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This paper presents the development and validation of a novel multi-sensory wearable system (Personal Automatic Cigarette Tracker v2 or PACT2.0) for monitoring of cigarette smoking in free-living conditions. The contributions of the PACT2.0 system are: (1) the implementation of a complete sensor suite for monitoring of all major behavioral manifestations of cigarette smoking (lighting events, hand-to-mouth gestures, and smoke inhalations); (2) a miniaturization of the sensor hardware to enable its applicability in naturalistic settings; and (3) an introduction of new sensor modalities that may provide additional insight into smoking behavior e.g., Global Positioning System (GPS), pedometer and Electrocardiogram(ECG) or provide an easy-to-use alternative (e.g., bio-impedance respiration sensor) to traditional sensors. PACT2.0 consists of three custom-built devices: an instrumented lighter, a hand module, and a chest module. The instrumented lighter is capable of recording the time and duration of all lighting events. The hand module integrates Inertial Measurement Unit (IMU) and a Radio Frequency (RF) transmitter to track the hand-to-mouth gestures. The module also operates as a pedometer. The chest module monitors the breathing (smoke inhalation) patterns (inductive and bio-impedance respiratory sensors), cardiac activity (ECG sensor), chest movement (three-axis accelerometer), hand-to-mouth proximity (RF receiver), and captures the geo-position of the subject (GPS receiver). The accuracy of PACT2.0 sensors was evaluated in bench tests and laboratory experiments. Use of PACT2.0 for data collection in the community was validated in a 24 h study on 40 smokers. Of 943 h of recorded data, 98.6% of the data was found usable for computer analysis. The recorded information included 549 lighting events, 522/504 consumed cigarettes (from lighter data/self-registered data, respectively), 20,158/22,207 hand-to-mouth gestures (from hand IMU/proximity sensor, respectively) and 114,217/112,175 breaths (from the respiratory inductive plethysmograph (RIP)/bio-impedance sensor, respectively). The proposed system scored 8.3 ± 0.31 out of 10 on a post-study acceptability survey. The results suggest that PACT2.0 presents a reliable platform for studying of smoking behavior at the community level. Full article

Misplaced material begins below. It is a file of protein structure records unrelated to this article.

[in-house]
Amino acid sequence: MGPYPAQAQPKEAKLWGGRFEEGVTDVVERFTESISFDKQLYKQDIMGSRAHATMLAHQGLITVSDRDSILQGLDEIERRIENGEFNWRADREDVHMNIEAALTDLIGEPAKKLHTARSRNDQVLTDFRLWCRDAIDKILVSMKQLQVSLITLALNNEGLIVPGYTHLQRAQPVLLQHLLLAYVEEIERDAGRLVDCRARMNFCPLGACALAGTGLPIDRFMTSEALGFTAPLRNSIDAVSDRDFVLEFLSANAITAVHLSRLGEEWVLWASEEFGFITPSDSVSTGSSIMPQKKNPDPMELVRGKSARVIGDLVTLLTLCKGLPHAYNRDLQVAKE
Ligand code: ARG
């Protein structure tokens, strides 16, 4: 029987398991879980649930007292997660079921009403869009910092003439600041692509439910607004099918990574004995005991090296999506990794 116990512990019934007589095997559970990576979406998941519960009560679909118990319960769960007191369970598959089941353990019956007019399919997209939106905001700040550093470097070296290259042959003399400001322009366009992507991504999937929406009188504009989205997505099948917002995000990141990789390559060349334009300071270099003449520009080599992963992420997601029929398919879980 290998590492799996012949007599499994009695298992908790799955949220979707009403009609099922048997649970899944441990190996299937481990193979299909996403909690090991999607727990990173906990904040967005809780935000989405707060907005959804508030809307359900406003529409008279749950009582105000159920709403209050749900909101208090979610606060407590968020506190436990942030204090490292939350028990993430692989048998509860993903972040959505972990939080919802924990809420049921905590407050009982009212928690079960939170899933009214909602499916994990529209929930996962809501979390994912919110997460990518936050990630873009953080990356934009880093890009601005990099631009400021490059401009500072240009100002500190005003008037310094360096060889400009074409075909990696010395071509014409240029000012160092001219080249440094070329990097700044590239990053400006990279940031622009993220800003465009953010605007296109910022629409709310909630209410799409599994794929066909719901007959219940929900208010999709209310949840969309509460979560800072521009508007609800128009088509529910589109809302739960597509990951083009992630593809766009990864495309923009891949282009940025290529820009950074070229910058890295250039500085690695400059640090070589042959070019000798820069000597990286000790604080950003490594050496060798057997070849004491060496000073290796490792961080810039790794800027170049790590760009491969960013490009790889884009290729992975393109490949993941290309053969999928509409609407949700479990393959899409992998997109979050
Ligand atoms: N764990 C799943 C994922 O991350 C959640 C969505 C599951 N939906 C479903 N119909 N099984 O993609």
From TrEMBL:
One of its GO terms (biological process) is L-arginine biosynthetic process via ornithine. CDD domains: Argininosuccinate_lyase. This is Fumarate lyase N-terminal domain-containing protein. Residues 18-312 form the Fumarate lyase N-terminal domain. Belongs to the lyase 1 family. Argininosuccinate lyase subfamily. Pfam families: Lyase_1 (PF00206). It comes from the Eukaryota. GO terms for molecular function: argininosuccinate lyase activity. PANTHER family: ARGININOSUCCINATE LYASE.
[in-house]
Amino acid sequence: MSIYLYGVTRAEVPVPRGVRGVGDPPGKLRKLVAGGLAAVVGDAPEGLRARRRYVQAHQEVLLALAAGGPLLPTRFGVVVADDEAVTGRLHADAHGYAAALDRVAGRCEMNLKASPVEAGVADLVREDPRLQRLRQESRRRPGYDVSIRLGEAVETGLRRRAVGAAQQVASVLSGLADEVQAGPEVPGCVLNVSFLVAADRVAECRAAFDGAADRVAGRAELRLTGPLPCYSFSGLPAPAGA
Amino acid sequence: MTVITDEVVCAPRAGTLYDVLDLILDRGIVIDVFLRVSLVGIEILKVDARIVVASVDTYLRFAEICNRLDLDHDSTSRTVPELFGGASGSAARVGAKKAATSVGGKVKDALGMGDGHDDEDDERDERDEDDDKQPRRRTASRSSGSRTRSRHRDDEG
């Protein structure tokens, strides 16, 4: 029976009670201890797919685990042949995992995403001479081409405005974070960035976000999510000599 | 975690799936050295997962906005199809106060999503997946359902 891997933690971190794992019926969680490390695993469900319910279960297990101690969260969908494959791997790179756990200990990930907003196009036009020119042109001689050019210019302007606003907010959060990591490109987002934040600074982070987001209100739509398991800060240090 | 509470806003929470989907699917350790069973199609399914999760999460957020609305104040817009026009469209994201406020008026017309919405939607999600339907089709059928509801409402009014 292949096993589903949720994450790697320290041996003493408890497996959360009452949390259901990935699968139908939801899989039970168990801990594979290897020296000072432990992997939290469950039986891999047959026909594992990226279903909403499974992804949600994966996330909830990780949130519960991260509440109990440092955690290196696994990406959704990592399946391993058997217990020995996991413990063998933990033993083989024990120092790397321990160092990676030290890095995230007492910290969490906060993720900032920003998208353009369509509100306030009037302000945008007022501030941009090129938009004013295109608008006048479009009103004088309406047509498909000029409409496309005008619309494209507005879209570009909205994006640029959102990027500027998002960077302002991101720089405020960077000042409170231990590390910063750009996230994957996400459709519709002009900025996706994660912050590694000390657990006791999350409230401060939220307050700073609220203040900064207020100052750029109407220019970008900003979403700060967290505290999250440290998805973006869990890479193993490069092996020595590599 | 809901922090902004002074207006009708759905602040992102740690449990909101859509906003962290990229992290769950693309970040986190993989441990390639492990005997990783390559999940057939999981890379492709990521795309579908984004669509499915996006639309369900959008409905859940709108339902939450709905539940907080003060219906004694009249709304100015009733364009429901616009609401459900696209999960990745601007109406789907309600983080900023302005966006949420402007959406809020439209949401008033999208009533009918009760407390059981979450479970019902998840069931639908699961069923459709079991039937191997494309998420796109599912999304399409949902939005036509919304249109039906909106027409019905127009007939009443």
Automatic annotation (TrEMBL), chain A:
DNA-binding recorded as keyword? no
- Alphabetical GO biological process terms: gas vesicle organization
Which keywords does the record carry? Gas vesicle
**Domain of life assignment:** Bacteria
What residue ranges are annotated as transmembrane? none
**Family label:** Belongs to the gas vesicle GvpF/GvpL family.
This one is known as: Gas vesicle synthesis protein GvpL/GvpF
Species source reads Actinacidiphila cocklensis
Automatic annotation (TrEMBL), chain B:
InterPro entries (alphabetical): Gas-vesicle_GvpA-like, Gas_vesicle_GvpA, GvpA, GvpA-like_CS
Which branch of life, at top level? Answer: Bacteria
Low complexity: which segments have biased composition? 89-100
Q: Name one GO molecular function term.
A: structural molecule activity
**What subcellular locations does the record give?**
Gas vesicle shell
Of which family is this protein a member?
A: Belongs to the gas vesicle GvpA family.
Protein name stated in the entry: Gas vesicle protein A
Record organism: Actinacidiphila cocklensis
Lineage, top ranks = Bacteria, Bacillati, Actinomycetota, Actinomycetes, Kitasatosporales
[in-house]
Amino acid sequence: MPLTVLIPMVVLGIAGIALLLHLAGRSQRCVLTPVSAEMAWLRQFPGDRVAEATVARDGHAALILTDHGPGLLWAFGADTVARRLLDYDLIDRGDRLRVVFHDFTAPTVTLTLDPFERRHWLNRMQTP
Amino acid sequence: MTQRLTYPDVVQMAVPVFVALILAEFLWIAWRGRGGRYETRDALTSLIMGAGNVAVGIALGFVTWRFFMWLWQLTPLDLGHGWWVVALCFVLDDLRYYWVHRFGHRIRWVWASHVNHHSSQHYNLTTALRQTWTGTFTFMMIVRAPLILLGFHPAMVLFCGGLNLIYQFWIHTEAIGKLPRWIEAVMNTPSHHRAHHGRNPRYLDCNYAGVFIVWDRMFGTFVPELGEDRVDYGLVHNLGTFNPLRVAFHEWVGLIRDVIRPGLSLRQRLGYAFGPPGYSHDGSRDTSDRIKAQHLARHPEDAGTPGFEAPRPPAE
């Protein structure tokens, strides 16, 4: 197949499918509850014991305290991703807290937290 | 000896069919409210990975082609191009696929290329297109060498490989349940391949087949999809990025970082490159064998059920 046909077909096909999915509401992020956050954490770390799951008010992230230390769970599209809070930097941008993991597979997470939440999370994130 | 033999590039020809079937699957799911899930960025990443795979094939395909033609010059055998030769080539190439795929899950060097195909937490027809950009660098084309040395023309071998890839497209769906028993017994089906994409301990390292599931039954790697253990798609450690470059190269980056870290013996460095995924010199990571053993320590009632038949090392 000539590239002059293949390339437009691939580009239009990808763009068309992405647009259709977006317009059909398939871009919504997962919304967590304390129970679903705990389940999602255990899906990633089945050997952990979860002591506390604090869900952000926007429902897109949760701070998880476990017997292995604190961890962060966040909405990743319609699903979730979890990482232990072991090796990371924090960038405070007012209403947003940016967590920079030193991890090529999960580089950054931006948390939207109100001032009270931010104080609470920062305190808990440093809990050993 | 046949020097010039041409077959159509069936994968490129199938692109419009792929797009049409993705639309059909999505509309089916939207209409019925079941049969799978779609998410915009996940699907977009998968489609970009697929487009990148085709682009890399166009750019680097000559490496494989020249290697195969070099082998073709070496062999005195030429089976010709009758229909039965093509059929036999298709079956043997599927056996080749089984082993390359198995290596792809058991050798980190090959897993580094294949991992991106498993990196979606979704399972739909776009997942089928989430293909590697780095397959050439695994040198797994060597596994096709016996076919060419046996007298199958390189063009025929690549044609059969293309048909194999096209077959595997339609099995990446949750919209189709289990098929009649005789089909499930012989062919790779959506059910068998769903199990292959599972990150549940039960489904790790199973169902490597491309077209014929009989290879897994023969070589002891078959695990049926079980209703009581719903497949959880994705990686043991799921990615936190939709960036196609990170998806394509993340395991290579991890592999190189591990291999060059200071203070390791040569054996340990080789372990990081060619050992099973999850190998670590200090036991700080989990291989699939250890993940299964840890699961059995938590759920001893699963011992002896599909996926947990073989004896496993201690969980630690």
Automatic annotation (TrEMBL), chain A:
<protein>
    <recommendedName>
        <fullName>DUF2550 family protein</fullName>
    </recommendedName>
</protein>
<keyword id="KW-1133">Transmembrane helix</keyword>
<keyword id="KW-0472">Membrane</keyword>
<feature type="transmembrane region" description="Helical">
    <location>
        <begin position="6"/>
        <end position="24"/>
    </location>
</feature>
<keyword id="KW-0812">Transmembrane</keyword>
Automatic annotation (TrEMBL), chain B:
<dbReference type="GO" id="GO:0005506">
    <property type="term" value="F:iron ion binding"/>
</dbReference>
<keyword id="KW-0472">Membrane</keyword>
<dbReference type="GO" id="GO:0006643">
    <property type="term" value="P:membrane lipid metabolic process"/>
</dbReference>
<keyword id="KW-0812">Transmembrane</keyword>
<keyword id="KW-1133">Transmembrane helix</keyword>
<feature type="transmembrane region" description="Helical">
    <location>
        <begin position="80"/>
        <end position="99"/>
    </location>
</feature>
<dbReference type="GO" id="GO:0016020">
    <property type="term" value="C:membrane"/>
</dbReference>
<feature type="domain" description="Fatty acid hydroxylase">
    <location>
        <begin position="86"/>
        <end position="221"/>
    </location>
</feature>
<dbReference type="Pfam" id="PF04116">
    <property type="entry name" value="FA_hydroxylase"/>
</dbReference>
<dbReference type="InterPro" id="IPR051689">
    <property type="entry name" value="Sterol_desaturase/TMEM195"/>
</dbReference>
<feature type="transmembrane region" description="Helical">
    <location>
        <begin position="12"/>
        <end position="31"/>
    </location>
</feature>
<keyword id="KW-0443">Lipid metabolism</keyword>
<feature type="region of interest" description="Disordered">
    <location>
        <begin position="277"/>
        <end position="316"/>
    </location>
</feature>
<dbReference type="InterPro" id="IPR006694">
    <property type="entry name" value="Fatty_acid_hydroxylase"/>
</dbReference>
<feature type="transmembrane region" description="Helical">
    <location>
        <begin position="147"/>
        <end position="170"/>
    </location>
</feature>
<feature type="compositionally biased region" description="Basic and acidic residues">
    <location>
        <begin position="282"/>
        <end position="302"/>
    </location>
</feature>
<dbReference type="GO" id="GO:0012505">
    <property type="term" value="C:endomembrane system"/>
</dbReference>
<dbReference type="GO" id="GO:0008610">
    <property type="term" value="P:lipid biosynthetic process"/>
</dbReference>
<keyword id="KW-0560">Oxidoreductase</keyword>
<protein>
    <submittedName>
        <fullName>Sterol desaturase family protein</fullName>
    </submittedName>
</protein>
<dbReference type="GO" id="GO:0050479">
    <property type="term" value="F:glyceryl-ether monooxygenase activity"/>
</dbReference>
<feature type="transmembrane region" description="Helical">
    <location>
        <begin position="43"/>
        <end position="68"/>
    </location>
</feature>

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Open AccessReview